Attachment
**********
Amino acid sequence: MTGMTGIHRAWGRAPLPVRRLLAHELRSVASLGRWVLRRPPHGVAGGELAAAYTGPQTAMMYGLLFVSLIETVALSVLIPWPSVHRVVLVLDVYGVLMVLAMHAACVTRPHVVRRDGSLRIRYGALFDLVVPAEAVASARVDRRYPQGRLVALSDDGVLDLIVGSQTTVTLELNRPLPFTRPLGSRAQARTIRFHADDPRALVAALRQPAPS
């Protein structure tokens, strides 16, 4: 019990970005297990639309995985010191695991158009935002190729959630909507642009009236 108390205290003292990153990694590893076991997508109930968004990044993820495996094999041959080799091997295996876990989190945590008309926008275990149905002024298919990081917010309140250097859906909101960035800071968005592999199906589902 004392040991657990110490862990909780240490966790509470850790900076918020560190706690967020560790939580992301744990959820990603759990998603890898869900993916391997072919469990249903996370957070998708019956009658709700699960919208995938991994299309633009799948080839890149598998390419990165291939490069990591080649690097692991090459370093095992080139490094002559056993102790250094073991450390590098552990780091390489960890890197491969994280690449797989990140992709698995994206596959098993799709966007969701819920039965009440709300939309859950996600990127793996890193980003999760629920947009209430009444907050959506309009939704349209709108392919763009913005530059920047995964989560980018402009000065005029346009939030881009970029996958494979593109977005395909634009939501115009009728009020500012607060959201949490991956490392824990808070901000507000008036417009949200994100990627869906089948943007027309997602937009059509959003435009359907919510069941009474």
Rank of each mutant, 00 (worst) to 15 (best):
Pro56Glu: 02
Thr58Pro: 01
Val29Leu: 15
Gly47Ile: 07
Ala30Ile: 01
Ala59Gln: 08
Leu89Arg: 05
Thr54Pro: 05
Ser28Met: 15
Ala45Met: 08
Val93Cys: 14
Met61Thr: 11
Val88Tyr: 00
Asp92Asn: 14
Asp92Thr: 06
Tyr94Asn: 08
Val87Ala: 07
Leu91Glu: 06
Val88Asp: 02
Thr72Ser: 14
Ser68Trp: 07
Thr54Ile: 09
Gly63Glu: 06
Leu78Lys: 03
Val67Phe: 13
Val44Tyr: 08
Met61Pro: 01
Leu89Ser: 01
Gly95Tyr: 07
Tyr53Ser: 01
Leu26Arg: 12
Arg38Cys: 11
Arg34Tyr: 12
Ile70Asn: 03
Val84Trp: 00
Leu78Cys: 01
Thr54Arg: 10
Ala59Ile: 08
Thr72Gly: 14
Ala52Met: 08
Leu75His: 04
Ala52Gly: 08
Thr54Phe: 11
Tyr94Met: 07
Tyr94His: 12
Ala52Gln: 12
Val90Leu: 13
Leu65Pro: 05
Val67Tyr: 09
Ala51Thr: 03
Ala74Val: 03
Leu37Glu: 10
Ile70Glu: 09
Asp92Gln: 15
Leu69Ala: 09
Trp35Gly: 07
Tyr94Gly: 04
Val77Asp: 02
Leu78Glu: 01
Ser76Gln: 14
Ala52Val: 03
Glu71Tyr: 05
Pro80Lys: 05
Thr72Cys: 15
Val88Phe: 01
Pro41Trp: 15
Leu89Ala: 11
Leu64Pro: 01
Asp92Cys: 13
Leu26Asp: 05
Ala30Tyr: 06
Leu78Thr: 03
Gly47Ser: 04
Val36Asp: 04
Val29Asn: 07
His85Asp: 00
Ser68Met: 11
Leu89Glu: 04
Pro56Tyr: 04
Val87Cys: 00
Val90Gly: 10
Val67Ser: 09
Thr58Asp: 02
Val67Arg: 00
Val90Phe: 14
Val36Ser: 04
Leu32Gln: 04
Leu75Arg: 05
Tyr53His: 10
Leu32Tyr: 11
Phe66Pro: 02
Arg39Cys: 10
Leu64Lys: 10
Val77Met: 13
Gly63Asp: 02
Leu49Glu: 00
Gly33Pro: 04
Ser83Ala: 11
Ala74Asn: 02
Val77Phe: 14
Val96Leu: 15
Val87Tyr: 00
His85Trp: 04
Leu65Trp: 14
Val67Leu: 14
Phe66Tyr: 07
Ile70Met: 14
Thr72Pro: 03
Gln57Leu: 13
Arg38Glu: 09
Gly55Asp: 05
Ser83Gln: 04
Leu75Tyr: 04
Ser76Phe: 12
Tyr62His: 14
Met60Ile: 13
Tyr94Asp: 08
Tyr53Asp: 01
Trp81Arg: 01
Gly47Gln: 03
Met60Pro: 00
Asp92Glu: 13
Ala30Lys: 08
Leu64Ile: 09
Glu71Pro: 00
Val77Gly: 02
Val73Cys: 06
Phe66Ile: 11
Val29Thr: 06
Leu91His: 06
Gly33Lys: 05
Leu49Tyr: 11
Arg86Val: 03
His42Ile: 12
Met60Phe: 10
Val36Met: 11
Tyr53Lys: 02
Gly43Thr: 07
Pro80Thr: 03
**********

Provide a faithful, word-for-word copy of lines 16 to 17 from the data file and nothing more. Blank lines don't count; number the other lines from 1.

Val88Tyr: 00
Asp92Asn: 14